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Wobbly, you just triggered a memory, yes there was a Tristar that turned right at Green Island thinking he was over Stone Cutters. No harm done apart from a uniform trouser change but it was just as well that there was still the 16 storey height limit on Tsim Sha Tsui from what I recall...

No doubt there was much San Mig consumed in the Flying Club that evening.

Edited to add, I have just noticed that the Jepp plate above is the CH VOR approach. Eeee Luxury. The CC/SC double NDB approach probably had higher limits as one of the NDBs usually pointed at the nearest thunderstorm.
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Old 22nd Mar 2020, 19:53
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There were two incidents that night, in the space of around 30 minutes, the other being the TriStar that turned the wrong way in the CH hold........
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Old 22nd Mar 2020, 22:25
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And on takeoff Runway 13 had some back course localizer procedure where in the old round dial planes you could get reverse sensing if you didn't flip some switch or dial in a reciprocal course.

Or, so they tell me...
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Old 22nd Mar 2020, 22:38
  #76 (permalink)  
 
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Airbubba: You departed 13 with the runway 31 ILS tuned and displayed. Therefore it was not a backbeam procedure and the sensing remained in the correct sense.

You were flying the 31 ILS AWAY from the airfield! Happy days and this was carried out on every check in the sim.
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Old 23rd Mar 2020, 00:20
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......indeed it was Meikleour. Normally to then intercept the 104' radial from CH.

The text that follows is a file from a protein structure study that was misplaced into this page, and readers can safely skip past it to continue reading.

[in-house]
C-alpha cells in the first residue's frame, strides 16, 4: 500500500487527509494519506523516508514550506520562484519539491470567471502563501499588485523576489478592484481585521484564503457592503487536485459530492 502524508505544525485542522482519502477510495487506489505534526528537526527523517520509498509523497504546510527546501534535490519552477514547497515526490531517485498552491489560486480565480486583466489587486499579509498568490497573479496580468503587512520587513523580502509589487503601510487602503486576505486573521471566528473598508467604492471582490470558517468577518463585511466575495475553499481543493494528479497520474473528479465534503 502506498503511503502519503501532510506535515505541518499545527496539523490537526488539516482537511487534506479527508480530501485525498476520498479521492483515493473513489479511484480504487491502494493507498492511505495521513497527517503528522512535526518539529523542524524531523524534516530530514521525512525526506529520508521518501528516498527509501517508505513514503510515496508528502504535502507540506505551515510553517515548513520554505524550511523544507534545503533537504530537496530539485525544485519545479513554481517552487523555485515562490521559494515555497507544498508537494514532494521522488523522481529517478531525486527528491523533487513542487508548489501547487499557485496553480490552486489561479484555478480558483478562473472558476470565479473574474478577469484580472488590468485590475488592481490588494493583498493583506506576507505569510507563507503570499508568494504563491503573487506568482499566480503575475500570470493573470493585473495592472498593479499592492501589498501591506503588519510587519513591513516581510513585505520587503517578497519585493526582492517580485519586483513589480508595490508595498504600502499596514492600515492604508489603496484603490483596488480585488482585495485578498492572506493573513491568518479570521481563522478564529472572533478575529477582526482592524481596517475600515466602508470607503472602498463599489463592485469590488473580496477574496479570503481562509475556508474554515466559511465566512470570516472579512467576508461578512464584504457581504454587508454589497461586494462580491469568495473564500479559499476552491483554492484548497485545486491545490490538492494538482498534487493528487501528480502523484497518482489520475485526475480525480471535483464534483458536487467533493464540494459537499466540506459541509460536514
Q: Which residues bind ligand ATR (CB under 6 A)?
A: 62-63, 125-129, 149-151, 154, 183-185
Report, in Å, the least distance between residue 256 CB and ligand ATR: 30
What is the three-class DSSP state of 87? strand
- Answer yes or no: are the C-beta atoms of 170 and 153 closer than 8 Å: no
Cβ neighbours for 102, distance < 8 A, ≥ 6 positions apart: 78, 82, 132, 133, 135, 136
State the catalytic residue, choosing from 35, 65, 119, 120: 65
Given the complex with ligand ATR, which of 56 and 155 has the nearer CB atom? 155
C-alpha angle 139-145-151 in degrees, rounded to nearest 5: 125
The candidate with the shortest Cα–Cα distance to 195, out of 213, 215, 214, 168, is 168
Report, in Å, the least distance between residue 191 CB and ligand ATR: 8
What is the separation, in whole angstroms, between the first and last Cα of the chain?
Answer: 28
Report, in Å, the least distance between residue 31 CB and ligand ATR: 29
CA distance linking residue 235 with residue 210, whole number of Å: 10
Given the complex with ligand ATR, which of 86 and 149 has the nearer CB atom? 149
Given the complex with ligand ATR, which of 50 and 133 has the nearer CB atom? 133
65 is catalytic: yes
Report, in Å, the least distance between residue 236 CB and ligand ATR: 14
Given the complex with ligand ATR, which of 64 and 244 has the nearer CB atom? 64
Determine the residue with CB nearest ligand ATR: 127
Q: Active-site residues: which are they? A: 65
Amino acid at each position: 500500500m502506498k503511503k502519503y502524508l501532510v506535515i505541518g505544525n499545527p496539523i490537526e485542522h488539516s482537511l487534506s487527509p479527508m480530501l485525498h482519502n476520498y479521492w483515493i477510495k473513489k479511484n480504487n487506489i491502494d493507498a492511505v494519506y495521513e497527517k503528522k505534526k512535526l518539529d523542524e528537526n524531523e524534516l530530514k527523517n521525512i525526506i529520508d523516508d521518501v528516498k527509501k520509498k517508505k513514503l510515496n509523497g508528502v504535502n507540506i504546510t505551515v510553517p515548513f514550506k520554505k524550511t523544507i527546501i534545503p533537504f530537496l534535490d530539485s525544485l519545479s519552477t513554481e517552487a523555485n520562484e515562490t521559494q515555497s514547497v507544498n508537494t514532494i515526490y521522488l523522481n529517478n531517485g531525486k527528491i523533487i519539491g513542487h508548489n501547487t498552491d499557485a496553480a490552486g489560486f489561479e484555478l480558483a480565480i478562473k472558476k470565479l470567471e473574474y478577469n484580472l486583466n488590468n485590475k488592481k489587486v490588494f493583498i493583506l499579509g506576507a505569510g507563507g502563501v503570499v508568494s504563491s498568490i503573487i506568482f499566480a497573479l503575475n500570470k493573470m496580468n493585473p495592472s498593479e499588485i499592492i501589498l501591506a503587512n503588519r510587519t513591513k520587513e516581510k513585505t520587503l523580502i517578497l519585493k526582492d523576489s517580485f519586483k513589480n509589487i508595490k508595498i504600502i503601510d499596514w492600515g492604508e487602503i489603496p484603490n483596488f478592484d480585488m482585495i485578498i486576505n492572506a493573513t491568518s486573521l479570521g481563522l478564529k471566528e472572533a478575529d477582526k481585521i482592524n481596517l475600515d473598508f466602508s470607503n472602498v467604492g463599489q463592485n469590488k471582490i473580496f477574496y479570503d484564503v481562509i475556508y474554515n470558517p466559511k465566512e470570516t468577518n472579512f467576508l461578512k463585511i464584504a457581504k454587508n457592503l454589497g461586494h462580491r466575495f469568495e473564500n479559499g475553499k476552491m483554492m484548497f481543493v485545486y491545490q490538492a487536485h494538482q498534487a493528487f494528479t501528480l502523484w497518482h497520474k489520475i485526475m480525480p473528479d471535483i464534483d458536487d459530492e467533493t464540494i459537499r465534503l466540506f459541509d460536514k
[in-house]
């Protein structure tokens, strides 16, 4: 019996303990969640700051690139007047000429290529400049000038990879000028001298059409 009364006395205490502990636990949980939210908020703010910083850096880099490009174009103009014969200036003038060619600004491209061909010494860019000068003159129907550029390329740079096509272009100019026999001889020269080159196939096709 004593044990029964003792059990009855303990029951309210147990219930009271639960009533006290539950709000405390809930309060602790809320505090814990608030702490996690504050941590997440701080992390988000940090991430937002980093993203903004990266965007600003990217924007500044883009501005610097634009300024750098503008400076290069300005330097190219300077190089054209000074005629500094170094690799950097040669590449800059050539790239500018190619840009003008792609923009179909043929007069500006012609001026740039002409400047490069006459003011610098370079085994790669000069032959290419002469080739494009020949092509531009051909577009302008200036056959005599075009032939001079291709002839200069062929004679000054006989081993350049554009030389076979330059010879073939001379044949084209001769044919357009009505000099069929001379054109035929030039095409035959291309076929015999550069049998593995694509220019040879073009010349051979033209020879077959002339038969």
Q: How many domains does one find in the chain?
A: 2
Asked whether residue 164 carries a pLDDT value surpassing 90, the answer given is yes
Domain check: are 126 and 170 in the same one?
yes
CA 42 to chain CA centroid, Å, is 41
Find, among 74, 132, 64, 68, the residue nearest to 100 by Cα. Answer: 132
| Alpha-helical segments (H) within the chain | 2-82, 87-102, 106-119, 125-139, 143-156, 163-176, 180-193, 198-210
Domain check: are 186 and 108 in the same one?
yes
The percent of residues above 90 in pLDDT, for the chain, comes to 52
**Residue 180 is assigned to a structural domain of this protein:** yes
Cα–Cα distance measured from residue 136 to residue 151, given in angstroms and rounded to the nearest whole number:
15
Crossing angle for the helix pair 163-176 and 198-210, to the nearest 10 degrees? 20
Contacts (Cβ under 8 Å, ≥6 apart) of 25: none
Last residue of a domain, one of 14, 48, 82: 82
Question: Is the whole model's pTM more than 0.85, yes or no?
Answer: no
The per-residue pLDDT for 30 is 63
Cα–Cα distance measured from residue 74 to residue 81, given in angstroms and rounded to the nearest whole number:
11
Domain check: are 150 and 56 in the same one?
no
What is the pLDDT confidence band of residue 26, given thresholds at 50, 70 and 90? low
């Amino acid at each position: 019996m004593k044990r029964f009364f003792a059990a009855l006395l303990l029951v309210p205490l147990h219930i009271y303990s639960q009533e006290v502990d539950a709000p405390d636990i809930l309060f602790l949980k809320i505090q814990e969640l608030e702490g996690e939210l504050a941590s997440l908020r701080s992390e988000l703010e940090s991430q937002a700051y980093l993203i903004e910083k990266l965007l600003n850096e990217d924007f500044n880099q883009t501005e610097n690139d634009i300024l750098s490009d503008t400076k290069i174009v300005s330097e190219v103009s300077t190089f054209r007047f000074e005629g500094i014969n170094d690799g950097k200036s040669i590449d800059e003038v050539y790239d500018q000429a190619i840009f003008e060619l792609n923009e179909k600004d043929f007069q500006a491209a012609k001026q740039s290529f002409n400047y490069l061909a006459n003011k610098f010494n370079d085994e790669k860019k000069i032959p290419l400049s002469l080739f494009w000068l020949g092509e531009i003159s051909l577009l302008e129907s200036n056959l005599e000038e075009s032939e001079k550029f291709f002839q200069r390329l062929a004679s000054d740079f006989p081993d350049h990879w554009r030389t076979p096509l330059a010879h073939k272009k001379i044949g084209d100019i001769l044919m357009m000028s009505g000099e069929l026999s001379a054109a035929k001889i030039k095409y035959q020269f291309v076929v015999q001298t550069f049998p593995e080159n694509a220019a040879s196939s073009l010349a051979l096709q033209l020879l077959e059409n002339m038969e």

Happy days.
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Old 23rd Mar 2020, 06:37
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Originally Posted by LongTimeInCX View Post
......indeed it was Meikleour. Normally to then intercept the 104' radial from CH.
Happy days.
There was a visual step down at night that went awry. After that we changed the anti skid test (i think). The Captain used to look up to test it. If my memory serves me the FO was PF and mistook HK Island for KLN. Looking back on those days it seems we were quite “bold”. There but for the grace of god or lady luck.
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Old 23rd Mar 2020, 07:17
  #79 (permalink)  

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Originally Posted by deja vu View Post
I think you will find KA were not operating 747s when Kai Tak was still opened, in fact it was after 2002.
It was definitely a Korean 747. I wasn’t there in 2002.
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Old 23rd Mar 2020, 11:17
  #80 (permalink)  
 
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Callsign confusion.

KA = Dragonair (now cathaydragon)
KE = Korean Air

You're welcome.